Uluru Tours

In the heart of Australia’s red centre lies one of the greatest, most iconic natural wonders of the world, Uluru (Ayers Rock), an enormous sandstone rock formation located in the Uluru–Kata Tjuta National Park, in the vast southern region of the Northern Territory.

World Heritage Listed Uluru Tours

Despite its remote outback destination, the Uluru-Kata Tjuta National Park is one of Australia’s top tourist destinations and attracts more than 400,000 visitors per year arriving to Alice Springs or Yulara for their Uluru tour experience. Assigned as a World Heritage Site in 1987 and listed as a UNESCO World Heritage Site in 1994, Uluru has been a sacred site and held special cultural and spiritual significance for the Pitjantjatjara, the indigenous custodians of the region, also known as the Anangu, for over 30,000 years.

Join an Uluru Tour and Visit The Worlds Largest Monolith

The landmark started forming over 550 million years ago due to changes in climatic conditions and the shifting of tectonic plates within the earth’s crust. The spectacular red colour of the rock is a result of the oxidation of iron-rich minerals rusting in the desert air over hundreds of thousands of years. The sandstone, composed with a high proportion of feldspar and quartz, changes colour throughout the day and is particularly striking at sunrise and sunset as the sun’s position amplifies the sandstone into an intense burnt orange and brilliant crimson red colour.

Uluru is considered an inselberg and is one of the world’s largest monoliths. It takes approximately 3 hours to walk around the rock and the sheer size of it is guaranteed to blow your mind. With so many sights and things to learn we strongly recommend a guided Uluru tour around the base. The enormous homogenous rock towers 348 metres high, rising 863 metres above sea level and stretching out 3.6 km long and 1.9km wide, with experts predicting it could also extend anywhere from 2.5 – 6kms underground.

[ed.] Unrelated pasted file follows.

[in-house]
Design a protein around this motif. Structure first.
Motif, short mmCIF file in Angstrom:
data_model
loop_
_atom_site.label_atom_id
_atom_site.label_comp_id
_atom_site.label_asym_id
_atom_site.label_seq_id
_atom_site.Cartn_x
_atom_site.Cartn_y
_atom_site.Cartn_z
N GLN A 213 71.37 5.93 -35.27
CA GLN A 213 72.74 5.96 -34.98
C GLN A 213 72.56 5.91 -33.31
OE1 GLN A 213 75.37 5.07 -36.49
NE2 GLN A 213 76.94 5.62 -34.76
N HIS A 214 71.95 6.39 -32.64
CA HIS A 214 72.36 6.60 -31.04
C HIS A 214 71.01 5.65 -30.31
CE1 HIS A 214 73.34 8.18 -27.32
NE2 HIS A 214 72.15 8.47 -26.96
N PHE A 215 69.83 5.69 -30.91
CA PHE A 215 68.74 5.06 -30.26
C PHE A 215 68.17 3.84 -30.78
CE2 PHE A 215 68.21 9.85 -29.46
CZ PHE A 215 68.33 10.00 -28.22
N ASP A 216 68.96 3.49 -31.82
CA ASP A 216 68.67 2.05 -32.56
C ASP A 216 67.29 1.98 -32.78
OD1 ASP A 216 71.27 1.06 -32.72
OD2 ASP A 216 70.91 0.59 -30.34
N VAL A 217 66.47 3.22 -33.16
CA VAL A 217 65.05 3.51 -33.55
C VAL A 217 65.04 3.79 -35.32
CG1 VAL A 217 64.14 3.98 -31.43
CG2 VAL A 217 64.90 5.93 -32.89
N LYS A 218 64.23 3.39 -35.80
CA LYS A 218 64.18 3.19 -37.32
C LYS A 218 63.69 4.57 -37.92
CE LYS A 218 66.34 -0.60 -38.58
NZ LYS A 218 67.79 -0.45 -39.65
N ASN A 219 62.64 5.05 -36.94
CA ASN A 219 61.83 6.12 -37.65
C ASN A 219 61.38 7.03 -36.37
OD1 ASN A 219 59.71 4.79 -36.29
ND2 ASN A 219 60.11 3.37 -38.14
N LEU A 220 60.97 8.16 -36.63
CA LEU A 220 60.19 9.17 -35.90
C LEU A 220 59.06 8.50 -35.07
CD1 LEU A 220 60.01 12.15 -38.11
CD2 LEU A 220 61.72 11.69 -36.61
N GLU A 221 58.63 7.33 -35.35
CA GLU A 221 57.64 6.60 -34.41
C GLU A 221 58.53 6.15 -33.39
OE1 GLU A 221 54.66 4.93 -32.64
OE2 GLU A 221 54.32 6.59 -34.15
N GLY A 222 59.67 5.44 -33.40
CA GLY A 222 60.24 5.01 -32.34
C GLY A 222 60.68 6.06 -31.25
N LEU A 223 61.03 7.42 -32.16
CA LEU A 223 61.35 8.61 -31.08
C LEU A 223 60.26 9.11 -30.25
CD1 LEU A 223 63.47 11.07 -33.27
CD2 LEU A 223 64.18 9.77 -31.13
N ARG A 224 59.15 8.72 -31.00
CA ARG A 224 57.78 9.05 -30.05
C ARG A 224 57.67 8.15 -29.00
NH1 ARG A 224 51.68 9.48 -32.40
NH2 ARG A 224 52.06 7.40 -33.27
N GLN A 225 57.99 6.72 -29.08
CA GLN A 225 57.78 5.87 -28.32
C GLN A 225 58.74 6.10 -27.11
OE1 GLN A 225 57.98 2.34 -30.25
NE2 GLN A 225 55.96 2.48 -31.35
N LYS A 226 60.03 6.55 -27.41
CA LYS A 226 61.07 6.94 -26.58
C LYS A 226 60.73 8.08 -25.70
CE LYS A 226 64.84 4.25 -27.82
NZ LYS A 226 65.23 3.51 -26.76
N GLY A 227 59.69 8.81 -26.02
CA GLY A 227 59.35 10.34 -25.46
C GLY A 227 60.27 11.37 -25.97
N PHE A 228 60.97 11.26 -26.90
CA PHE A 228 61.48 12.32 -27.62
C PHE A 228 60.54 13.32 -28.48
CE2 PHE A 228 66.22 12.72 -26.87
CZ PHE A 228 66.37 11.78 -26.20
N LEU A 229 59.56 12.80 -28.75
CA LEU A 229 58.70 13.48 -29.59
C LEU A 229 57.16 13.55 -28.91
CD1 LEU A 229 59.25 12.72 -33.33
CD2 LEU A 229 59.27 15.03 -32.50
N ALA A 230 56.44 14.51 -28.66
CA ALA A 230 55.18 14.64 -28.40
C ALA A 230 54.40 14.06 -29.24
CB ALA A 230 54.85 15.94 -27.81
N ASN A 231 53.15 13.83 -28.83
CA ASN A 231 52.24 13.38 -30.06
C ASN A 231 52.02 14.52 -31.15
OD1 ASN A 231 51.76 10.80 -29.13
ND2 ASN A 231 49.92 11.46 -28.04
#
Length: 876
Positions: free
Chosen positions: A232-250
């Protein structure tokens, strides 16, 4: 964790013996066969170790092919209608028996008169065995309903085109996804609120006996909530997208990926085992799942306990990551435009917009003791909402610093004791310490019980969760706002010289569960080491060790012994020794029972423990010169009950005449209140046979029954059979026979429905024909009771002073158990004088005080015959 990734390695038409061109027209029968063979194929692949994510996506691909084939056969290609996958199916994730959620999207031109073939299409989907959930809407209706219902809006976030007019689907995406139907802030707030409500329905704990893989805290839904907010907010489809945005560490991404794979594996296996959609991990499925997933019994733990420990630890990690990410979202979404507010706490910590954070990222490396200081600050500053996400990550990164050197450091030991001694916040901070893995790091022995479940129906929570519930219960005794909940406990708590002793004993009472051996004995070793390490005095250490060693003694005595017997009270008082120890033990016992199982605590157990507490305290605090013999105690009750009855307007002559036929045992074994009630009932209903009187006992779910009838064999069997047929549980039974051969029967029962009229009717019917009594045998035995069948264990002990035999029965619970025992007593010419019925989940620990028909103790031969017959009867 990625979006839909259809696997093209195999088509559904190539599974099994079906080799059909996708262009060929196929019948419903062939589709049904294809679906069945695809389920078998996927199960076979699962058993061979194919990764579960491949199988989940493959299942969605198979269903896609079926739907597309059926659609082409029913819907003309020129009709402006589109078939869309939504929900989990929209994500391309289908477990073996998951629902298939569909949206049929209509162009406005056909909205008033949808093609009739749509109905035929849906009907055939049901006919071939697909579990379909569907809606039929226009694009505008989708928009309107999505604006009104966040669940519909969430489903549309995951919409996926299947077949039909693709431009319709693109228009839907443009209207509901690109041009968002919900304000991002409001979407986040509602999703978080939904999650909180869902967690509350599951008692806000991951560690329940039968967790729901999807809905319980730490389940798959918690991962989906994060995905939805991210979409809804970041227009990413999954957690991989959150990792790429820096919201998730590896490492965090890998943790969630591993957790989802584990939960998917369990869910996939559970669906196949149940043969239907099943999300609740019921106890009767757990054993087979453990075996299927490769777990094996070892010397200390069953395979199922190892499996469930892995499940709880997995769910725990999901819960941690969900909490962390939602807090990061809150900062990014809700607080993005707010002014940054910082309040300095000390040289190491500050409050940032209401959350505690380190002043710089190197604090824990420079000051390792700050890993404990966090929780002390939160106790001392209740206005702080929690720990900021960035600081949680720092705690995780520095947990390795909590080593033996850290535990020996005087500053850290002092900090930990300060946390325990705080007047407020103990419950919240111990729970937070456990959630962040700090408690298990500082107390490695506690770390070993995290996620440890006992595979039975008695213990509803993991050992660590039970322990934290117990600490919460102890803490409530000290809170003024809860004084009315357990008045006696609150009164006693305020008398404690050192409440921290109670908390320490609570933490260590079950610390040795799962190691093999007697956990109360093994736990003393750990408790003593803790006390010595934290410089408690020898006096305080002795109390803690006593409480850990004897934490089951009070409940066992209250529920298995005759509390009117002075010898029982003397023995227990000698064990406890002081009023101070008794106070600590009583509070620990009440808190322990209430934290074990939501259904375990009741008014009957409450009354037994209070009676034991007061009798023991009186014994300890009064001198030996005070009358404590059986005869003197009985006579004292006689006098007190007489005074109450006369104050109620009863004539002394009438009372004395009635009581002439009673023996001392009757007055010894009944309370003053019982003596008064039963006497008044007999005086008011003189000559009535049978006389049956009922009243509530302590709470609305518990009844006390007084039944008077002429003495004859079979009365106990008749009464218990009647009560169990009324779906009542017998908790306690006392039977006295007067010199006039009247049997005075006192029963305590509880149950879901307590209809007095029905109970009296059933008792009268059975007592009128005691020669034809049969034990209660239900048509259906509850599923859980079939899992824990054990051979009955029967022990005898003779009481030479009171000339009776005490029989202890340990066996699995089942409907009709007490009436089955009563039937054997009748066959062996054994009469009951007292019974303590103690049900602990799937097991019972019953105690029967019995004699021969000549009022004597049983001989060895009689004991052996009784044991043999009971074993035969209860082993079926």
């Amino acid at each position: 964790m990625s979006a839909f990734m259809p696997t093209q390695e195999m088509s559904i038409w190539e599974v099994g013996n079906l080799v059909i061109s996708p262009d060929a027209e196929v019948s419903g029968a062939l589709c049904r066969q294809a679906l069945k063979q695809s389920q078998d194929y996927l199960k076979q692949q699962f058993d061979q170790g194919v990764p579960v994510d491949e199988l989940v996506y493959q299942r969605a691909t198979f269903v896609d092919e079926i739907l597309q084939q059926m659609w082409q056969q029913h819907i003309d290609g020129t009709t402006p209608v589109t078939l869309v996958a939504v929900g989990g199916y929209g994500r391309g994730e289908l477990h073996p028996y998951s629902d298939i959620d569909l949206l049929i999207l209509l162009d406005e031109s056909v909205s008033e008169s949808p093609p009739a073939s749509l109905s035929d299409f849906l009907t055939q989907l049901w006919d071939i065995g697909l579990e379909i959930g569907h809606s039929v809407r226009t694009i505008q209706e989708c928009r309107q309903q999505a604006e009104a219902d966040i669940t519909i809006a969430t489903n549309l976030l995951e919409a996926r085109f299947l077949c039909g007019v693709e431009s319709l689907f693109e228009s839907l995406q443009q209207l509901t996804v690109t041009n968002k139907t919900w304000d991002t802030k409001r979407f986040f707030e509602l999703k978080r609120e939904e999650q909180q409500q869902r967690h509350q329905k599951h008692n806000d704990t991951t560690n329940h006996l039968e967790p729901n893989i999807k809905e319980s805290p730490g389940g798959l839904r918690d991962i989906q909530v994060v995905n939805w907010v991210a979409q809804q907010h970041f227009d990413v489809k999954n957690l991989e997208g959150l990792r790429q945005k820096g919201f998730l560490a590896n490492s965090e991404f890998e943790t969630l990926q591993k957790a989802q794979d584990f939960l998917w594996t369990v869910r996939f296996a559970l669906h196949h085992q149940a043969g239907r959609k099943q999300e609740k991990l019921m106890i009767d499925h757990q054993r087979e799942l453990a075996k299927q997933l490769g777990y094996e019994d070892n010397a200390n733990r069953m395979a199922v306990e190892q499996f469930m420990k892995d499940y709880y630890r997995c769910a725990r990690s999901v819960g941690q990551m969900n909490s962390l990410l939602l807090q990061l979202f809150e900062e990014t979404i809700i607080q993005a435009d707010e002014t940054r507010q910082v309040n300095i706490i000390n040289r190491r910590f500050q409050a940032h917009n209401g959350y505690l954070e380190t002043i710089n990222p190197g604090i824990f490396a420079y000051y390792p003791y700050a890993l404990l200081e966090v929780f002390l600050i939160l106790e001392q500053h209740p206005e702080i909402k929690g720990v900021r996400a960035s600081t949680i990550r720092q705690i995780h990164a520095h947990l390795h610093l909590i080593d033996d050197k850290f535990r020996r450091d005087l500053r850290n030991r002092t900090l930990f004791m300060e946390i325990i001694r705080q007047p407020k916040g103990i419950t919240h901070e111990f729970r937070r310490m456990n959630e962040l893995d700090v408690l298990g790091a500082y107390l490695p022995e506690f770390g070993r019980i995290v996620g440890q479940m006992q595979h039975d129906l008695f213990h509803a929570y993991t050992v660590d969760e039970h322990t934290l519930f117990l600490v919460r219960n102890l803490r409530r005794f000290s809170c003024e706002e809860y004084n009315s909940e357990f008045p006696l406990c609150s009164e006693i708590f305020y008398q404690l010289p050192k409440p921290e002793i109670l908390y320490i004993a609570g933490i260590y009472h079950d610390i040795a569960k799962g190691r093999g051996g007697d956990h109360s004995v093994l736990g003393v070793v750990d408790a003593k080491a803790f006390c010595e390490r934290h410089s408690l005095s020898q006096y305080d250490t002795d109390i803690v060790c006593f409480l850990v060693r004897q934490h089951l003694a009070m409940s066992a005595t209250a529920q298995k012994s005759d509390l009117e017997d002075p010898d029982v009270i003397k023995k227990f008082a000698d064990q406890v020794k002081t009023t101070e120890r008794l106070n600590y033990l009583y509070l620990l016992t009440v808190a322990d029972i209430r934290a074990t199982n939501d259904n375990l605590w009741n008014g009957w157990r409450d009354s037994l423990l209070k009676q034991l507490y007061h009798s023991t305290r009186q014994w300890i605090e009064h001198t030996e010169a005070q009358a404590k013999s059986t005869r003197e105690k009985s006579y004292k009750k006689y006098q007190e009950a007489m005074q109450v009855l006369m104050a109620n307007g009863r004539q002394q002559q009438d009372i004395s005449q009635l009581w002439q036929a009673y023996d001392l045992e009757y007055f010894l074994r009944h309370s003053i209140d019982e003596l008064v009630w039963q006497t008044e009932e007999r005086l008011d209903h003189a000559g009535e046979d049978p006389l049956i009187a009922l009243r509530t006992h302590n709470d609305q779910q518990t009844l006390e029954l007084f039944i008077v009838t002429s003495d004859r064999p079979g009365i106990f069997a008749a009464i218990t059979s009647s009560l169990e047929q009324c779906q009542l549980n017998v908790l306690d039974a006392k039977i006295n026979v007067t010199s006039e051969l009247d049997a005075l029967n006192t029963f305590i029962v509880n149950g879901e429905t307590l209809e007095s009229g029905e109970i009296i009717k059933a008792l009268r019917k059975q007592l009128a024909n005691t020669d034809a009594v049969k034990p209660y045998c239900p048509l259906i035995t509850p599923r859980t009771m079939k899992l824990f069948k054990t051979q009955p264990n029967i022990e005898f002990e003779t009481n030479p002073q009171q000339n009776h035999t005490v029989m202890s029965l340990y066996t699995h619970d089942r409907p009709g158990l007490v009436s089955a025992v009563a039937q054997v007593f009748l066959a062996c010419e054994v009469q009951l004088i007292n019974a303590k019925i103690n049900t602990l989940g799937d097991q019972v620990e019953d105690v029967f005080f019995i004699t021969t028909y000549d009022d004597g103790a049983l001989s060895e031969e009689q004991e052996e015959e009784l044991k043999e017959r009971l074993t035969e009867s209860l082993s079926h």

Colonial History

In 1873 William Gosse, a colonial explorer, became the first non-Aboriginal person to see Uluru and named it Ayers Rock in honour of Sir Henry Ayers, the Chief Secretary of South Australia at the time. The two names, Ayers Rock and Uluru, have been used ever since. In 1985, the Australian government rightfully returned ownership of Uluru to the local Pitjantjatjara people under an agreement that it would be leased back to the National Parks and Wildlife agency for 99 years and mutually managed.

The unnaturally smooth surface of Uluru is a result of the thousands of people who have climbed the rock over the years, despite ongoing objections and requests from the Anangu people. The Anangu consider themselves protectors of the rock and any visitors to their country. Climbing is strictly forbidden due to the important cultural and spiritual significance of the site and was eventually closed to the public and made illegal in 2019.

Uluru is a sacred Aboriginal site

Surrounded by an abundance of freshwater springs, gullies, waterholes, sacred caves, rock paintings and home to a diversity of native flora and fauna, this ancient oasis has been crucial to the survival of indigenous people and the many desert-dwelling animals in the region. Many of the caves and crevices around the base are reserved for sacred men’s or women’s rituals and ceremonies. For these reasons, the Aṉangu request that certain sections of Uluru are not photographed by visitors.

Whilst much of the Tjukurpa (religious philosophy and creation stories) is kept private for the Anangu people, it’s strongly believed that the rock was formed through a creation and destruction process by creator beings referred to as Tjukuritja or Waparitjaand that Uluru itself is a living being and resting place for ancestral spirits.

Join An Uluru Tour To Learn More About The Red Centre

If you would like to explore Uluru and learn more about this incredible landscape why not consider joining our 3 day Uluru tour from Alice Springs

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